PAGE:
15) Sometimes, county commissioners will not support a program doing the right things.
    16) Sometimes, state officials wreak havoc on what is right.
    17) Usually, state and county employees will end up caring more about raises and benefits than what they are tasked with doing and who they are supposed to be serving. Un-Godly, unfair, and economically-hurtful permit and inspection fees are the sign of this.
    18) Analysis of permit data, for instance the numbers and percentages of each of the different system types recommended by each soil evaluator working in a county, is the most powerful tool for detecting possible or probable cheating. For instance as was the case in one Midwestern state county, according to the soil survey, 50 to 70% of the soils would require a modified standard system and another 10 to 15% an alternative system, cheating is highly likely indicated when one particular soil evaluator had a 92% rate of straight, standard, unmodified septic systems in 600 evaluations over a 4-year period. There was also the fact that this individual never had a single sand-lined trench system when it is virtually inevitable in this particular county to have at least 3 or 4 a year, minimum, if working in the county. Out of 600 permits probably 2 to 5 percent should have been in this soil type.
    19) Unless proficient people have already seen to the problem being solved, many septic tanks, brand new, leak. Demonstrations have been done with tanks set up in a parking lot and filled with water; too many spout water out the sides like fountains. Others leak around the seam in two part tanks which have inadequate gaskets, a top half on the bottom half. Some will fall apart in the tank hole during installation, the concrete crumbling or breaking. Some with leaks will self-seal over time, others do not, as in the case of one two-piece tank which was found to have been leaking out the seam and down the tank hole in a very highly permeable soil over the entire time it had been in the ground, a period of something like 15 years; it was discovered after repeated failed well tests. If tanks are not bedded in a material such a pea gravel, large rocks or protrusions of bedrock are highly likely to cause differential settling and breakage of the tank.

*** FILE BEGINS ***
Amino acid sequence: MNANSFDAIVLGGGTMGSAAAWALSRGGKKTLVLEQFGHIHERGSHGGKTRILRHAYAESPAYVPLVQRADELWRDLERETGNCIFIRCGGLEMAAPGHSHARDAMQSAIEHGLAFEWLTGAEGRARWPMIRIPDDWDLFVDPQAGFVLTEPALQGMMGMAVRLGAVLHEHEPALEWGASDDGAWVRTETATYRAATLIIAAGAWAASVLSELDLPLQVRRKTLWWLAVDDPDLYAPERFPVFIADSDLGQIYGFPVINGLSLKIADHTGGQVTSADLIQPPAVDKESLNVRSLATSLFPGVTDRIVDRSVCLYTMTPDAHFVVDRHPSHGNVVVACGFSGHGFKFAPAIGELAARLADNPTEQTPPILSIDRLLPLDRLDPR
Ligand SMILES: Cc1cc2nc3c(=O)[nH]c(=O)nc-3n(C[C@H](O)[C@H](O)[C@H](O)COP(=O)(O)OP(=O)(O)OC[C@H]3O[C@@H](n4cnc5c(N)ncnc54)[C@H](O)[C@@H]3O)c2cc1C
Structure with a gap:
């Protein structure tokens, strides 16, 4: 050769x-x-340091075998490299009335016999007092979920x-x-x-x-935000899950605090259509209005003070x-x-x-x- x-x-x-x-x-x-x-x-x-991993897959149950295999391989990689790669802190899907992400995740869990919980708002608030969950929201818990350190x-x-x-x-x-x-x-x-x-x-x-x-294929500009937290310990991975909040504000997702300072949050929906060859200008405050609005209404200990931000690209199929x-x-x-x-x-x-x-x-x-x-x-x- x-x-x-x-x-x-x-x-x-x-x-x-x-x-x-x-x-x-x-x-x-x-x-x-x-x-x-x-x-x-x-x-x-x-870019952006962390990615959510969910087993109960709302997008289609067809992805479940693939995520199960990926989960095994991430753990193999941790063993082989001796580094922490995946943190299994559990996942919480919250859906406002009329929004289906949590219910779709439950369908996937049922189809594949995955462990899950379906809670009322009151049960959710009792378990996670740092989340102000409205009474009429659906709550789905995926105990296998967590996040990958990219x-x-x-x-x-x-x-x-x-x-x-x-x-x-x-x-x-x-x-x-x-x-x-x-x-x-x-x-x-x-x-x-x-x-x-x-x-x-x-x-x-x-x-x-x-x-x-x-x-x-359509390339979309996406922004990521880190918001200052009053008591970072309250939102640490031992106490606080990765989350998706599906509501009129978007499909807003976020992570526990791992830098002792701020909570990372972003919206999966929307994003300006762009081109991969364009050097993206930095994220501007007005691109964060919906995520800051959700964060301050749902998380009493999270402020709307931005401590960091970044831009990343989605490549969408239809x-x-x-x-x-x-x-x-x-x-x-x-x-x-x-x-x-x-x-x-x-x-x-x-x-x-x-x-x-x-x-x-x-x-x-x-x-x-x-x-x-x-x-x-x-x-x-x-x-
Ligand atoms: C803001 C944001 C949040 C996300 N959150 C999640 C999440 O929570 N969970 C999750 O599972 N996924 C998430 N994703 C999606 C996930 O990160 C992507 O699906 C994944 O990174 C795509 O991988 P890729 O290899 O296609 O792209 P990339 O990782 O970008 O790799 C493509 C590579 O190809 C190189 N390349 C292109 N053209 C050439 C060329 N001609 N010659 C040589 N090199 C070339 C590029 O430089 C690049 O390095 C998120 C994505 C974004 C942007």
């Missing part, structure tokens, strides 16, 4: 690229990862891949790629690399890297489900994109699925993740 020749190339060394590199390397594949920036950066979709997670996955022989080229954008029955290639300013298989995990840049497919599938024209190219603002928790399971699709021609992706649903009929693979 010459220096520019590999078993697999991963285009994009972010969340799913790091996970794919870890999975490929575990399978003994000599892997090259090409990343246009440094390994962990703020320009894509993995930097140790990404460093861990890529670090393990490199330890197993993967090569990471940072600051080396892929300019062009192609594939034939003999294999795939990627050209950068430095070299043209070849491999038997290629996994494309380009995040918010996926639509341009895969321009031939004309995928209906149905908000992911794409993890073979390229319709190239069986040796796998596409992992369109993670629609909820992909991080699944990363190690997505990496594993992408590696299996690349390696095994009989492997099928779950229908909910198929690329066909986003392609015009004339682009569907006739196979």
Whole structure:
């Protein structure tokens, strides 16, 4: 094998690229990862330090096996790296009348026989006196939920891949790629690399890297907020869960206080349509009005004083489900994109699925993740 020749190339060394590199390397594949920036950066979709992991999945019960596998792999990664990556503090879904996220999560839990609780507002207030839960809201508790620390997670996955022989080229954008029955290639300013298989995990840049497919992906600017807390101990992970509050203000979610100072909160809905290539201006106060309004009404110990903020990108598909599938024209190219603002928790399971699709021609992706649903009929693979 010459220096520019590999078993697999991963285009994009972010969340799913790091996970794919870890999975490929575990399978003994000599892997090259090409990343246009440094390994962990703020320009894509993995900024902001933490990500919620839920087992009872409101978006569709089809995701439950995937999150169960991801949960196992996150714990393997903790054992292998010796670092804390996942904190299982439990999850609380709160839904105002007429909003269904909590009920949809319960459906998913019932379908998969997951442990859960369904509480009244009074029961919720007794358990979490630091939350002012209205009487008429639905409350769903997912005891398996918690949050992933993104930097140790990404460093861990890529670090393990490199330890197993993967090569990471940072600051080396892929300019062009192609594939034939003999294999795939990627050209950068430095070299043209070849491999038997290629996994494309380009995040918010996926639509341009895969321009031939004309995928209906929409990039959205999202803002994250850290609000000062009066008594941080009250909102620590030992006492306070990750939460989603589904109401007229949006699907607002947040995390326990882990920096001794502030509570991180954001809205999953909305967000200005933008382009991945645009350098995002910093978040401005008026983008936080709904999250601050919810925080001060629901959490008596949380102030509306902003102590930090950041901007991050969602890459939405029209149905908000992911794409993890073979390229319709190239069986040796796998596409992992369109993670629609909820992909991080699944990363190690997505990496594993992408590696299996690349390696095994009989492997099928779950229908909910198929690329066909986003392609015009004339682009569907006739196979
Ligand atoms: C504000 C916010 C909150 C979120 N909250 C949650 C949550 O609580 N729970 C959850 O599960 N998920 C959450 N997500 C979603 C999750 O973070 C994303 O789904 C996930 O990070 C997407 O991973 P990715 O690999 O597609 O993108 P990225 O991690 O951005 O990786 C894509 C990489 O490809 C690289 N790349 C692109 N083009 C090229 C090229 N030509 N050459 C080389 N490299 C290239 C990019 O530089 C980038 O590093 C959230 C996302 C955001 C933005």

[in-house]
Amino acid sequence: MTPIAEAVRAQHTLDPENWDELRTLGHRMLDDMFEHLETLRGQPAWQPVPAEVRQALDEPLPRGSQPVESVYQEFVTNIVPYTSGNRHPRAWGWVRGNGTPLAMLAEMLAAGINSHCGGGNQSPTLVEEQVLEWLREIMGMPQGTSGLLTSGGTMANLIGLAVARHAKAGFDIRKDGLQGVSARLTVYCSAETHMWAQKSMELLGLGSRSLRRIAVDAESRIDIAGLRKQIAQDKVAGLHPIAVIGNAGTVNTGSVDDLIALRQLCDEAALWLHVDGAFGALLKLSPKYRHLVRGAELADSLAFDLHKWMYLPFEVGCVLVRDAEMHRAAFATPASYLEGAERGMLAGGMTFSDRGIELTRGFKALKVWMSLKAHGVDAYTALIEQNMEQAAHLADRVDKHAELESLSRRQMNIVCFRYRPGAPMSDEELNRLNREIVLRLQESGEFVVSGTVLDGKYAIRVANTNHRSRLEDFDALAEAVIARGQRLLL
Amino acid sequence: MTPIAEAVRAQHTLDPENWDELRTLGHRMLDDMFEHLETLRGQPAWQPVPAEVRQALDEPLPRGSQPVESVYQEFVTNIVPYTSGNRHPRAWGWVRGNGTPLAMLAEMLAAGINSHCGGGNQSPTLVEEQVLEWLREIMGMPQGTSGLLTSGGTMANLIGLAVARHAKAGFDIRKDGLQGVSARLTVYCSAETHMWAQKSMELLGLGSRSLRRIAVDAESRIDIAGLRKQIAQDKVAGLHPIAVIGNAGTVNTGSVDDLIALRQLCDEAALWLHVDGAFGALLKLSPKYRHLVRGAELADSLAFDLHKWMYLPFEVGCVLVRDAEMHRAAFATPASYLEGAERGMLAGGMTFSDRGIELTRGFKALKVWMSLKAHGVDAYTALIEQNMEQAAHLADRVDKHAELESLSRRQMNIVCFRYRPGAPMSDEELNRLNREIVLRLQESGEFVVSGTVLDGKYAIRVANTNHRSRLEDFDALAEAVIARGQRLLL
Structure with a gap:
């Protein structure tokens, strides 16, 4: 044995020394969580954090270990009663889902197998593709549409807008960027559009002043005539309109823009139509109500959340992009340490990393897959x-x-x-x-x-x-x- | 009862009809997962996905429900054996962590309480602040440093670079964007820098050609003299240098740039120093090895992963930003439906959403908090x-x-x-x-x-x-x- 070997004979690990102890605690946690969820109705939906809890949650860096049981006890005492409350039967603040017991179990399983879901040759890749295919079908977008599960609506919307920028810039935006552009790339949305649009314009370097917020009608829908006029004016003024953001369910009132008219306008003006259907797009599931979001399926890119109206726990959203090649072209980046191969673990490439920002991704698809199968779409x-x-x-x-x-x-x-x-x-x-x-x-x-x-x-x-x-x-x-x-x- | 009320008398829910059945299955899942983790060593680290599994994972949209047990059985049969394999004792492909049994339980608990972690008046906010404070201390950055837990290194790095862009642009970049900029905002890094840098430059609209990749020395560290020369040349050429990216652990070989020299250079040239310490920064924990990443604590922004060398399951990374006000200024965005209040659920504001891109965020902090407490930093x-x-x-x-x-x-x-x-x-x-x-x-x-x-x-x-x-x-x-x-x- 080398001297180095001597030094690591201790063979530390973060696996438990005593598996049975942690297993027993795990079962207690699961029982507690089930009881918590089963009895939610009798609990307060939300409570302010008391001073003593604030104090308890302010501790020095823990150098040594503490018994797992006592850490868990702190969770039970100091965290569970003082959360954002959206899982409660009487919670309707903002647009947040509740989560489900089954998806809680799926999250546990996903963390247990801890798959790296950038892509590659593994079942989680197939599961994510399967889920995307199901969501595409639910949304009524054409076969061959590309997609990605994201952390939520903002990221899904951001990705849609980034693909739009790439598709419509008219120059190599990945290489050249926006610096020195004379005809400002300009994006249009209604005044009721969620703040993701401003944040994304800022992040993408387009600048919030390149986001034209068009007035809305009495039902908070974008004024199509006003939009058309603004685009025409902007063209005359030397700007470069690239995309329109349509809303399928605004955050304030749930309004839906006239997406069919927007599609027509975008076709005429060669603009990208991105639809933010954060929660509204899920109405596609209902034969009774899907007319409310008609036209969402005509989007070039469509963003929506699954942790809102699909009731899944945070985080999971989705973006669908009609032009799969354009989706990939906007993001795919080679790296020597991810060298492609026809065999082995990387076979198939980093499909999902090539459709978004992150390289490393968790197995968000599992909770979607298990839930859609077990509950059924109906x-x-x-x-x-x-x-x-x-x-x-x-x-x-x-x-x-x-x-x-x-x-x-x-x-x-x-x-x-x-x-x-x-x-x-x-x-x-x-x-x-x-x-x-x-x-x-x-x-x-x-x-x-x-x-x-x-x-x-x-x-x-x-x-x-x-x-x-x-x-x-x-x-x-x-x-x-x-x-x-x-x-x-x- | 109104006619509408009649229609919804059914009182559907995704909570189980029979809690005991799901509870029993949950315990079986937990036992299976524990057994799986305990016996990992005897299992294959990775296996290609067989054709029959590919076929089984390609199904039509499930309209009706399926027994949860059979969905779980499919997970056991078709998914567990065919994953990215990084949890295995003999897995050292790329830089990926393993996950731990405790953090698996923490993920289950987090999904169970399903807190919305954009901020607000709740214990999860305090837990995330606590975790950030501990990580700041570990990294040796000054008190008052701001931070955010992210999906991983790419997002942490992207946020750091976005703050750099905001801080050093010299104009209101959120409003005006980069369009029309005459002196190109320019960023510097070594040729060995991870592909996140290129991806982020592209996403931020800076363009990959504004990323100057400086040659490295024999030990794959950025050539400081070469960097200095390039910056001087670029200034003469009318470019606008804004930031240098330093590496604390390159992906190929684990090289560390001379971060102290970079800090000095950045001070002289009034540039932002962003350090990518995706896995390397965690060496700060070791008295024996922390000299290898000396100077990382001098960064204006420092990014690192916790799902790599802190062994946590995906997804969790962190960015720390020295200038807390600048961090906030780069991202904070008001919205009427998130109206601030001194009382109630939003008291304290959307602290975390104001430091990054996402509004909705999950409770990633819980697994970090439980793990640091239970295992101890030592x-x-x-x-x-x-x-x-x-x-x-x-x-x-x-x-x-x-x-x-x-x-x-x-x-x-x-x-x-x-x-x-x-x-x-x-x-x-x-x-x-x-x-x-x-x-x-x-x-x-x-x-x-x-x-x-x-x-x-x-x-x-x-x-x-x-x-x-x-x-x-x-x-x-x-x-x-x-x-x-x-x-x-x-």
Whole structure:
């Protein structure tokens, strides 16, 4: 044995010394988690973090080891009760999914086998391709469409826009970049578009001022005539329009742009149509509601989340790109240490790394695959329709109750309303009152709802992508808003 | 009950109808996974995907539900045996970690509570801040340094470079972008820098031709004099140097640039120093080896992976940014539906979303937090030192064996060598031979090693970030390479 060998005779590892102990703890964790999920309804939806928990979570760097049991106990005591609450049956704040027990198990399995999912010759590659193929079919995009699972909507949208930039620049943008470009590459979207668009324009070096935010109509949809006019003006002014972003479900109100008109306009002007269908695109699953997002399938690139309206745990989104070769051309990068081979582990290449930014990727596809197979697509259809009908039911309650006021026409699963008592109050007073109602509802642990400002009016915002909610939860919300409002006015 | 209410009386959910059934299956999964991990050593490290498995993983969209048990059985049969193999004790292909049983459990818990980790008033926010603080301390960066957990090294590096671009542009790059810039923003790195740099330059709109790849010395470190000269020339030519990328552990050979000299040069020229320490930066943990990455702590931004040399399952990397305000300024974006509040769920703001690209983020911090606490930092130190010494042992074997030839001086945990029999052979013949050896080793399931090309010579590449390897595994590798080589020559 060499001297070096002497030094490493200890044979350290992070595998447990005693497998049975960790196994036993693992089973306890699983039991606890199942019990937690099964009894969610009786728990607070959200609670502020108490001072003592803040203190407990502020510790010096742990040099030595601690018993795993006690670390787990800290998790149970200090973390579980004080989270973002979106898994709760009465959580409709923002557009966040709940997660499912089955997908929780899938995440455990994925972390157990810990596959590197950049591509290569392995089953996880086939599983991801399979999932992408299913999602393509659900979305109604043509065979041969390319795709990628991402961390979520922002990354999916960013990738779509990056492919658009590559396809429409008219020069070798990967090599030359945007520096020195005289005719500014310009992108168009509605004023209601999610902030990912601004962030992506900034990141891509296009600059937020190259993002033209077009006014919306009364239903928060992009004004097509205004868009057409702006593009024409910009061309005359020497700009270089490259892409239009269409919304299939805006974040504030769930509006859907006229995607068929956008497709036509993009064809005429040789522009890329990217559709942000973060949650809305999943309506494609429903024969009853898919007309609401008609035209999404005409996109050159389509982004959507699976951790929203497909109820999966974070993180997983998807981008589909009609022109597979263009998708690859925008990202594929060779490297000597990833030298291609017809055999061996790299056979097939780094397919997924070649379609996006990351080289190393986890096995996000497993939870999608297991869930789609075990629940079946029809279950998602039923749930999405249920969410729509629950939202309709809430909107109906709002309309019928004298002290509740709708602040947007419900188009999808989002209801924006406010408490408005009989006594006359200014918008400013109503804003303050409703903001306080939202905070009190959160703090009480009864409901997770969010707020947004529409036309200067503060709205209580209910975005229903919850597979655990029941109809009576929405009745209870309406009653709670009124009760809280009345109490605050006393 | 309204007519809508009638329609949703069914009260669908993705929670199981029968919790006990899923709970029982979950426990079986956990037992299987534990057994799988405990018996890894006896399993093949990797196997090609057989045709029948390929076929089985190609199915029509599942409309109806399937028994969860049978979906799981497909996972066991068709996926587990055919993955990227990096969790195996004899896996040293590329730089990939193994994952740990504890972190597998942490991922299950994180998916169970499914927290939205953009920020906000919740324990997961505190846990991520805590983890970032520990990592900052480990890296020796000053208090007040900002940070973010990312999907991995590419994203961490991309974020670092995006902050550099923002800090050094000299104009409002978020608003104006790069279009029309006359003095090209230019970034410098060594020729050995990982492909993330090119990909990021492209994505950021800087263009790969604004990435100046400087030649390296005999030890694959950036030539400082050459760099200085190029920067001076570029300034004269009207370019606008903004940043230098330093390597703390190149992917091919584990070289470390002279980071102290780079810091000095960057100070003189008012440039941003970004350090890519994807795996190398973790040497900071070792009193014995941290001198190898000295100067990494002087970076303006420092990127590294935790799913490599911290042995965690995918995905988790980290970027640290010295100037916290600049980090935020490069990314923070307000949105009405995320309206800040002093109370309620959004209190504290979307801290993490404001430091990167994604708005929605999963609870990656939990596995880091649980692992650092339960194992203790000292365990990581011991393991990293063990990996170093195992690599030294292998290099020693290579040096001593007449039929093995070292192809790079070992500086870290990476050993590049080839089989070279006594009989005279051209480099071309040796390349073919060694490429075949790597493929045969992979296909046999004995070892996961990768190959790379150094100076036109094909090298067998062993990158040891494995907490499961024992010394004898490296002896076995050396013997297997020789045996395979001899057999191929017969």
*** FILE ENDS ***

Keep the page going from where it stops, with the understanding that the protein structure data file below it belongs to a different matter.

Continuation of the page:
20) Cows are typically excellent waste disposers; they distribute their waste over a wide area, they place it in or on the topsoil, and they apply it in doses.
    21) It is worth remembering that in some longtime feedlots (nonkarst non highly permeable soils), after abandonment, phosphorus was found to have not made it more than 5 or 6 feet deep into the soil.
    22) Most of the problems with contamination of groundwater from septic systems are due to leaking tanks and trenches that are too deep and below the zone with a high enough oxygen diffusion rate into the soil for a healthy component of aerobic treatment.
    23) Logically, granted the cheating, one thing septic inspections need to include is a surprise spot-check inspection on at least a percentage of sites, and some occasional monitoring from a distance surreptitiously. This is because cheating installers using bogus soil evaluations in soils they know have high risk of problems are highly likely to dig very deep trenches or at least some spots of very deep trench in some portion of an absorption field, to ensure ‘percolation’, and to do this before or after the usual inspection visits.
    24) If water wells are not grouted on the outside of the well casing in the annulus space between the casing and the borehole, the annulus space becomes a conduit for potential groundwater contamination for whatever length the casing is not grouted, as far as I know.
    25) Good septic system regulation programs that can be highly effective are possible. They require special individuals, and to be based on soil science, wastewater science, construction science, with standards coordinated based on these things, input from the local county, consideration for economics, and proficiency and diligence in inspection, management, and administration, with support from county commissioners. All it take for a program to be severely impaired is one stupid manager or administrator.
    I apologize for the tone of my other comment. Don’t anybody kill themselves. I do think we are slowly killing our country, however, and if it doesn’t change it will go to someone else and they certainly won’t take care of the environment.